All Falcons fans know about the key players from the 2008 season and how the franchise went from selecting at No. 3 in the NFL Draft to the playoffs in one season, but some of the lesser-known players that helped in that initial run are names many have forgotten.
One such player is safety Antoine Harris, one of the veterans that survived a roster overhaul when coach Mike Smith and general manager Thomas Dimitroff took over in '08. Signed in 2007, Harris played in 13 games for the Falcons, mostly as a core special teams player, and recorded 10 tackles and one pass defensed. Harris in '08 was once again a key contributor on special teams during the 11-5 rebirth of the Falcons and had three tackles in 12 games before an injury ended his season late that year.
Harris returned to the Falcons in 2009, appearing in 10 games before an injury ended his season and his time with the Falcons. The five-foot-10 defensive back, who entered the league as an undrafted free agent in 2005, joined the Eagles for one season in 2010 before his career was cut short with a foot injury.
After the 2010 season, Harris rehabbed his injury and began to take stock of what to do next.
"I had a whole season to work on my injury and figure out what I was going to do next: play football or stop and do something else," Harris said recently at the Falcons' Career Symposium. "I have two little ones with my wife and that gave me a little more motivation that it was time to do something (else)."
Harris, now a resident of Atlanta, got involved in real estate and his wife began pursuing a career in yoga instruction. He has also recently been involved in a website geared toward high school athletes to help them showcase their skills and assist them in finding a college to continue playing sports.
He misses the sport that he dedicated much of his life to and the bond of the football team locker room is what he misses most, but he's thankful for the time he did have in the league.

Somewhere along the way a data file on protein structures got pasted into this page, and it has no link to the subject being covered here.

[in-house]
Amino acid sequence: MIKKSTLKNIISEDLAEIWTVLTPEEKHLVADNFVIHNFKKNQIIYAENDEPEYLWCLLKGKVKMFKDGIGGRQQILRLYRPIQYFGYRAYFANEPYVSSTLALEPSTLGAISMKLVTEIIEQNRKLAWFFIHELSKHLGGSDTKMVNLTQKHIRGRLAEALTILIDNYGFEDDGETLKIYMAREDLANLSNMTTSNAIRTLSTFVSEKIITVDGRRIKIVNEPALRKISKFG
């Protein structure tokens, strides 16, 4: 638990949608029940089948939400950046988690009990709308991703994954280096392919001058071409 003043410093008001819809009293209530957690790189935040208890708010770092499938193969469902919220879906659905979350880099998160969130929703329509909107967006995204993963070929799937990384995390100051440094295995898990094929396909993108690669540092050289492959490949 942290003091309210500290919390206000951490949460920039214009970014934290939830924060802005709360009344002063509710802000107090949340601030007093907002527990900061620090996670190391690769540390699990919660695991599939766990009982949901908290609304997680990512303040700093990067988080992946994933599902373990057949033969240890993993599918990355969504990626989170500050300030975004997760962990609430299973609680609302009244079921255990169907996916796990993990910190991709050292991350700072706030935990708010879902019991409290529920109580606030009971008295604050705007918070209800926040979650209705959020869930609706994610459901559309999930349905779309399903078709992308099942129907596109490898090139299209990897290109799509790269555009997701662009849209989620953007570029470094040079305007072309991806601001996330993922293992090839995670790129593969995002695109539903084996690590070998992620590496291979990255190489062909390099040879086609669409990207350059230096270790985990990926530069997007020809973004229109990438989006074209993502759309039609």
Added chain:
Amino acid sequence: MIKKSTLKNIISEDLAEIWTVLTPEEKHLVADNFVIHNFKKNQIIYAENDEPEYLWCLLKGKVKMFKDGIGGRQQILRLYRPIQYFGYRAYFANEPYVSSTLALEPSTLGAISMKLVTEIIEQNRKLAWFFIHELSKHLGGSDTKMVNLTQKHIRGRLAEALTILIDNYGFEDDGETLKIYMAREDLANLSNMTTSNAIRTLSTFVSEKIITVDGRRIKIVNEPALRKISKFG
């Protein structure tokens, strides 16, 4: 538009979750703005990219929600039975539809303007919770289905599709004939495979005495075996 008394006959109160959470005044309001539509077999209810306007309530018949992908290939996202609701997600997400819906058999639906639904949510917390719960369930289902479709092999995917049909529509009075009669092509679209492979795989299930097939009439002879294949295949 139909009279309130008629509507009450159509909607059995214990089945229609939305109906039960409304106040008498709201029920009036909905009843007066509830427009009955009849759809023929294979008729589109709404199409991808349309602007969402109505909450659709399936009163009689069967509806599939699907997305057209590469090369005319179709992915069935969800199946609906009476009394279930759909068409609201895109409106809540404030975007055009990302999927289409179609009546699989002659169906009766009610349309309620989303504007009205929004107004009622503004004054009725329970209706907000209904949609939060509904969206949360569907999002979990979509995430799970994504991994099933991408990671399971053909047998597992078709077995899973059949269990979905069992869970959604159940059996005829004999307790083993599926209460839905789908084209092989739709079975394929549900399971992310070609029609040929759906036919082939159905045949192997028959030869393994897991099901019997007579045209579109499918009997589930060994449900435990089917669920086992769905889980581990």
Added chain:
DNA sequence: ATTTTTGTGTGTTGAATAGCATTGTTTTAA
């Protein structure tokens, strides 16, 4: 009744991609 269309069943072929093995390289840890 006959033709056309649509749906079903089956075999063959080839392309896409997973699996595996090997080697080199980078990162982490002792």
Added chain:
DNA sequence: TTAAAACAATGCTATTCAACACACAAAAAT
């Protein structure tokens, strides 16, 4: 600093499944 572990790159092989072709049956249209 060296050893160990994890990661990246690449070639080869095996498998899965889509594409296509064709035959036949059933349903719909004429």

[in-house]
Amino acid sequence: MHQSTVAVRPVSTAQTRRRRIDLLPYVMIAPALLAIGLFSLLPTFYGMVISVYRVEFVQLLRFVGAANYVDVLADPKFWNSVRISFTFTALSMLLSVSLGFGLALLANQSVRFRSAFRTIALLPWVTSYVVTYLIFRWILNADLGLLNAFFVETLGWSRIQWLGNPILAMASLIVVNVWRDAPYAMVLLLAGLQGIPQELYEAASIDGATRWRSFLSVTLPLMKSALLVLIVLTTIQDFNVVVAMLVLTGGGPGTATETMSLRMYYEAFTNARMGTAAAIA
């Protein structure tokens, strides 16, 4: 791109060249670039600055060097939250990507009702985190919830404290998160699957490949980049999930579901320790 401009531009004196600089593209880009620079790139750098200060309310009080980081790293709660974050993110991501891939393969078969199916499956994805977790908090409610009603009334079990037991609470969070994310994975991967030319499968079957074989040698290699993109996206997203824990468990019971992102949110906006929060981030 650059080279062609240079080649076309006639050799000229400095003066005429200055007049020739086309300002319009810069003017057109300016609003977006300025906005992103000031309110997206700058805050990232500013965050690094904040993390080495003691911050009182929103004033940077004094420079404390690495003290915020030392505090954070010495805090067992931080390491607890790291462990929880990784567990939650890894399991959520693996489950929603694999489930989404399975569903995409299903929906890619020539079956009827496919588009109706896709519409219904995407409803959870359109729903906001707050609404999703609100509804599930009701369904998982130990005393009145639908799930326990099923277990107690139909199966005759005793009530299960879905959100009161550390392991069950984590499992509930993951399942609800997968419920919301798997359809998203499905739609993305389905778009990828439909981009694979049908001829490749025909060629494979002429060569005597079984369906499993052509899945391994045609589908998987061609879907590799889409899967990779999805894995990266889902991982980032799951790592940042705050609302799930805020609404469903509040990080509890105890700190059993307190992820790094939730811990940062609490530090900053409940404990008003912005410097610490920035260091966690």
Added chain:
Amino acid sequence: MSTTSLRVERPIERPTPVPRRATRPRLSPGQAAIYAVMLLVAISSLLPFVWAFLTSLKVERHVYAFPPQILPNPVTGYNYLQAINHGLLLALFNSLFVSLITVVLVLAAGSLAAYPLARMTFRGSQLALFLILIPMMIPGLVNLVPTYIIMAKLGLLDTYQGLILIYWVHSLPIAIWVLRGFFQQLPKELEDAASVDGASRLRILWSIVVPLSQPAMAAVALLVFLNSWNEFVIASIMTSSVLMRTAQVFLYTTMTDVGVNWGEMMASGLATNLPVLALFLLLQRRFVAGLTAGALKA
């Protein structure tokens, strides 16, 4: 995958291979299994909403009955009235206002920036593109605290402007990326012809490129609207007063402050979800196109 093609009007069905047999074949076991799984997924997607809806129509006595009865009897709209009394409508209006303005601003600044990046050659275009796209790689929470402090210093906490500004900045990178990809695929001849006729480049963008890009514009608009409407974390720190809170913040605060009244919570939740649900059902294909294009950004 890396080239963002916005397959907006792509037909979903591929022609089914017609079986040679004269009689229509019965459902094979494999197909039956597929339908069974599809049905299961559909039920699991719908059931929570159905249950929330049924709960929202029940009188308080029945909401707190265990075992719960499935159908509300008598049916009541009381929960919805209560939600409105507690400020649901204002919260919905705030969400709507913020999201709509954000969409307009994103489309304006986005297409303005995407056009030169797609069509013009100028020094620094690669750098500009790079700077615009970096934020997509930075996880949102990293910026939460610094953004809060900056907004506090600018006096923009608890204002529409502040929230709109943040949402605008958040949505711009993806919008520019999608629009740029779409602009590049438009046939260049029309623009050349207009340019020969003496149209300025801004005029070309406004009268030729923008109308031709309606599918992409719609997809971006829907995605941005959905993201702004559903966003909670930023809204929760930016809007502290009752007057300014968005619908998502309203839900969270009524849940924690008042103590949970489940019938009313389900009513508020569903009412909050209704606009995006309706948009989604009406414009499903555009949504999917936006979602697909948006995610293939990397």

"I got six years in and a lot of guys can't even say that," Harris said. "More than anything, I miss that camaraderie, being around the guys and being in the locker room."
Although he was let go by the Falcons, Harris has no hard feelings toward the organization that gave him the most playing time and opportunities in his career. Still living in Atlanta, he can't escape the Falcons mania that has taken over the city in recent years and yes he was tuned in this year as the Falcons made a run toward the Super Bowl.
"I know a lot of guys get bitter and they tend to not watch the game or talk to anyone," he said. "I still communicate with a lot of guys and I still have a lot of friends on the team. I love the team and I just wish they could have gone to the Super Bowl and won it."
Harris was one of the holdovers from the dismal '07 season and thoroughly enjoyed his time as a Falcon in general, but even more so under Smith and the regime that took over the following season. He could tell early on that what was being laid in Atlanta was the foundation for success and Atlanta's five-year run of winning seasons hasn't come as a shock to him and he's as excited as anyone to watch more successful years of Falcons football.
"I'm not surprised at all," he said. "Smitty and all those guys, when they came in, they had a great plan and they've stuck to it. It's really working out for them. I just want them to get over that hump. They got over one hump this year by winning the playoff game,"
Now a member of the Falcons fan nation, Harris is all-in with his support of the Falcons franchise and thinks the sky is the limit for his old teammates and his hometown team.
"I can't be mad with their success," he said. "It's a great franchise and Coach Smith is a great coach and the Falcons will be good for a long time."